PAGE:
Sweden Restricts Free Speech in new Constitution Update
What are laws protecting free speech worth if they do the opposite of what they are supposed to? Sweden is about to find out.
On the 16th of November 2022, the Swedish parliament (the Riksdag) voted in favour of three changes to the Swedish Basic Laws ("grundlag"), which consists of four constitutional laws (the Instrument of Government (Swedish: Regeringsformen), the Freedom of the Press Act (Swedish: Tryckfrihetsförordningen), the Fundamental Law on Freedom of Expression (Swedish: Yttrandefrihetsgrundlagen) and the Act of Succession (Swedish: Successionsordningen).
The first change was to make it possible to forbid organizations engaged in terrorism or funding terrorism, a law that indeed can be bent and used to silence dissidents in times of need.
The second change makes it possible to require broadcasters to follow Swedish laws, even if they broadcast from abroad and the target audience is Swedish (e.g. the shows are in Swedish).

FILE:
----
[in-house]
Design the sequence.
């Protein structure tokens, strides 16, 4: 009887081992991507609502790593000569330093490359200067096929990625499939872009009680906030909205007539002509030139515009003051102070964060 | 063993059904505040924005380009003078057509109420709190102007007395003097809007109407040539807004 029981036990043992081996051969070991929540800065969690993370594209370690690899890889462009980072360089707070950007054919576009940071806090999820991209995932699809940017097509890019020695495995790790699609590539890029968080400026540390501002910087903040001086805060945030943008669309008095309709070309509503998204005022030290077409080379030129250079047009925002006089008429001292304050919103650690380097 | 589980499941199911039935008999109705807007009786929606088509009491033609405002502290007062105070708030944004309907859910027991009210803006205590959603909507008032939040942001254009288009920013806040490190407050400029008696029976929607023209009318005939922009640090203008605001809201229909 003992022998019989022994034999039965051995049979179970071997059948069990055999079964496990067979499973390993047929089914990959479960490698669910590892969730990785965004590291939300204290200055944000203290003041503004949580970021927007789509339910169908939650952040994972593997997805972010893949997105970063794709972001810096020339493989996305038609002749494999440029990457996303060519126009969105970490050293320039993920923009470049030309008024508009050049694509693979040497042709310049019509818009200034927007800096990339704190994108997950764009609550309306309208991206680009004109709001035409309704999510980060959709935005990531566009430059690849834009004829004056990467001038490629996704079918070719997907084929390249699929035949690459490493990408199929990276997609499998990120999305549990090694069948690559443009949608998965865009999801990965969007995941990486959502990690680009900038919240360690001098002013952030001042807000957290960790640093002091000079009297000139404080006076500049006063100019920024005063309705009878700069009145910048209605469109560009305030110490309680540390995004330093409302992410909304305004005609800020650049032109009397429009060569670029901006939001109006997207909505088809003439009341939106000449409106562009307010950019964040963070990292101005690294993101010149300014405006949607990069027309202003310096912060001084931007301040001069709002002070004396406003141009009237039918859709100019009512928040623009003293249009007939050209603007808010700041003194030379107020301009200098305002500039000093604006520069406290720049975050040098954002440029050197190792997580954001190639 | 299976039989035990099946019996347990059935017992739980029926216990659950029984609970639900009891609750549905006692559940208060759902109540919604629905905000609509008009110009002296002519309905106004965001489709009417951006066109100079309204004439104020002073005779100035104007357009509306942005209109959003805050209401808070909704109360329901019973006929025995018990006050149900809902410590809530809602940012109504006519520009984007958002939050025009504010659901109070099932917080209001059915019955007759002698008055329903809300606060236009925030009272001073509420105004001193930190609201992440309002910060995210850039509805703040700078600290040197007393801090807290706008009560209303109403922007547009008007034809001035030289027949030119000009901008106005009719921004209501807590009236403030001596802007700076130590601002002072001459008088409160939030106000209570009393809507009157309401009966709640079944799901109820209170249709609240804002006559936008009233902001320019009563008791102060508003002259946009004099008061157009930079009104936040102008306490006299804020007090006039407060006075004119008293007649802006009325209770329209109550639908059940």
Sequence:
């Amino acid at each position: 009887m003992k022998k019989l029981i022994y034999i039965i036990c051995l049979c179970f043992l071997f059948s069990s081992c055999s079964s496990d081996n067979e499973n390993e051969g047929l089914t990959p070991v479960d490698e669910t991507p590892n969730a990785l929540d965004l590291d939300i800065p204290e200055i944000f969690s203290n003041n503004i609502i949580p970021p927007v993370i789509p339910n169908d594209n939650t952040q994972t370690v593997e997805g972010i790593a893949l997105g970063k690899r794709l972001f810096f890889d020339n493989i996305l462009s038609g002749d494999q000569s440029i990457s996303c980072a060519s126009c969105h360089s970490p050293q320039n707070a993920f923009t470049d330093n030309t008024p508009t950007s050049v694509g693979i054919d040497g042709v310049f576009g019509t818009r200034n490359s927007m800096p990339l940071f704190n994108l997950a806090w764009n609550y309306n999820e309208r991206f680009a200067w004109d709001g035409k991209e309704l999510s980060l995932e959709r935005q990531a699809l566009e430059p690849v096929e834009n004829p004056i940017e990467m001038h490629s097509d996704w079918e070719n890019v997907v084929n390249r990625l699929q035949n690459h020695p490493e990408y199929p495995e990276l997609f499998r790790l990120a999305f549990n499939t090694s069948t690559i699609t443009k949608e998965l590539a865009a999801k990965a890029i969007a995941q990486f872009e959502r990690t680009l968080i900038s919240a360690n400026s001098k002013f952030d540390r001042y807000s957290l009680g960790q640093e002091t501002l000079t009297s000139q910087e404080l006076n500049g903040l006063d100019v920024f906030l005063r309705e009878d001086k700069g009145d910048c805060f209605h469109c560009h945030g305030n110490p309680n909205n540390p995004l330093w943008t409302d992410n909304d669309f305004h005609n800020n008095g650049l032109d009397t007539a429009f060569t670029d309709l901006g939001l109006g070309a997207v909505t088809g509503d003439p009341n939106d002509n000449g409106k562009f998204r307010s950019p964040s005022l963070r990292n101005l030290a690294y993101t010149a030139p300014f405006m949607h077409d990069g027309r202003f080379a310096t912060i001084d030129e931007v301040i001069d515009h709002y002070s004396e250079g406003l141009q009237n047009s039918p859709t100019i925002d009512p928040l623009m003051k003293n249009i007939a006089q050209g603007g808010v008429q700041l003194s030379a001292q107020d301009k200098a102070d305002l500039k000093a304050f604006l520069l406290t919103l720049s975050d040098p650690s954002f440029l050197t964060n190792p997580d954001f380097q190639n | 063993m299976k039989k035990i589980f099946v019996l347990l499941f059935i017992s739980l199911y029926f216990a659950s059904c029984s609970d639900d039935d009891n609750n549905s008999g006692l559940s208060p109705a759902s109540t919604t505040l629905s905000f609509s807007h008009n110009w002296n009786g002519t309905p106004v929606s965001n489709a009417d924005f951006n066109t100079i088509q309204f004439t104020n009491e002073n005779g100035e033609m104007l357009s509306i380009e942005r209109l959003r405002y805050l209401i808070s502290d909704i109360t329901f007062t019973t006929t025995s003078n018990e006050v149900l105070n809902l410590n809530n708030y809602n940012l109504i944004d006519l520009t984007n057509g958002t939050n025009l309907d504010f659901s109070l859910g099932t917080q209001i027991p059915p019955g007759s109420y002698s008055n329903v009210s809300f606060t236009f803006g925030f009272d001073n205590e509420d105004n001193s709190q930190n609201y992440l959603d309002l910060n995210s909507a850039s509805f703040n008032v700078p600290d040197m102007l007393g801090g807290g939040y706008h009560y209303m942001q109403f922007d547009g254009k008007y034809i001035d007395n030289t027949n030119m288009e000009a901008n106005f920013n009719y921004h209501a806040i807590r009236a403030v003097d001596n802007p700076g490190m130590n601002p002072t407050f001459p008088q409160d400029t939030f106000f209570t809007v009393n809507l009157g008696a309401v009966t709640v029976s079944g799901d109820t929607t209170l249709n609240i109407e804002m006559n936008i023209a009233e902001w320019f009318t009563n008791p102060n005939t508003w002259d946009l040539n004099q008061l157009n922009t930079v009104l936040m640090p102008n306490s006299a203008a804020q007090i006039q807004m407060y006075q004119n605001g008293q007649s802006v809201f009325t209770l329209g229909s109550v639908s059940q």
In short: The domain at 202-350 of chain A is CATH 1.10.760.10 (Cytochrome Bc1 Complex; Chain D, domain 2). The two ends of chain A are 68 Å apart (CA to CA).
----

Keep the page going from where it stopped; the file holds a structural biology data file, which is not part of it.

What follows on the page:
The third, and by far the most controversial change, criminalizes the publishing or sharing information that may harm Sweden's relationship with other states and organizations. An explicit restriction to freedom of speech and press.
According to Swedish politicians, this change was needed to fit into Nato, and all parties except for the Left (former communists) and the Greens voted in favour of the changes.
Sweden is increasingly becoming a corrupt state where criticism and free journalism only exist when it doesn't challenge the powers that be. At the same time, the Swedish state often praises itself for its great democracy and for having the oldest law guaranteeing freedom of speech and of the press.
Well, the laws don't guarantee that anymore. They control what can and can't be said. I wouldn't call that freedom.
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